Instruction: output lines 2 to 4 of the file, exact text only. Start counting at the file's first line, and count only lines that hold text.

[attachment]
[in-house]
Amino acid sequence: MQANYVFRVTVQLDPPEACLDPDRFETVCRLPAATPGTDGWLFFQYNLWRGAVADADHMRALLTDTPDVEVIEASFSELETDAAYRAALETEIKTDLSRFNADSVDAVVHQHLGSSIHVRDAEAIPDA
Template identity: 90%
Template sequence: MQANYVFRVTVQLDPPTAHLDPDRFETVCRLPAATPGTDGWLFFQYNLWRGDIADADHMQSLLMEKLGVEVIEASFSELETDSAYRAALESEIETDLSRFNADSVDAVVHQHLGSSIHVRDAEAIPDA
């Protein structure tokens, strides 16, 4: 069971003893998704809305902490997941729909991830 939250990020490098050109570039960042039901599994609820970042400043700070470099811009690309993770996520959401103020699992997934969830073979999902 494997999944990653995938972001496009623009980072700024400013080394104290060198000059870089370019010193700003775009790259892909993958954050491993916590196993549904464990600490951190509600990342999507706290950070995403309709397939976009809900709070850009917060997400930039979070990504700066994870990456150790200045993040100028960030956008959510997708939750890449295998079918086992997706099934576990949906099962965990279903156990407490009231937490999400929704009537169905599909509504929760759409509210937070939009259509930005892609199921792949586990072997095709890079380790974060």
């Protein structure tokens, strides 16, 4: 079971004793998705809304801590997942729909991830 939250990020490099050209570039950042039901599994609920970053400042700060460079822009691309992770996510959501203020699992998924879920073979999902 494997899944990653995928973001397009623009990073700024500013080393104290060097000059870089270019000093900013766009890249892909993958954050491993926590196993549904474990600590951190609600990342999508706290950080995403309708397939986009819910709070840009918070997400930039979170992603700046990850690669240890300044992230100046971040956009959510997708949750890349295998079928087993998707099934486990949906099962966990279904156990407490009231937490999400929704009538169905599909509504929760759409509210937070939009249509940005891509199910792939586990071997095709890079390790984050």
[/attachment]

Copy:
Amino acid sequence: MQANYVFRVTVQLDPPEACLDPDRFETVCRLPAATPGTDGWLFFQYNLWRGAVADADHMRALLTDTPDVEVIEASFSELETDAAYRAALETEIKTDLSRFNADSVDAVVHQHLGSSIHVRDAEAIPDA
Template identity: 90%
Template sequence: MQANYVFRVTVQLDPPTAHLDPDRFETVCRLPAATPGTDGWLFFQYNLWRGDIADADHMQSLLMEKLGVEVIEASFSELETDSAYRAALESEIETDLSRFNADSVDAVVHQHLGSSIHVRDAEAIPDA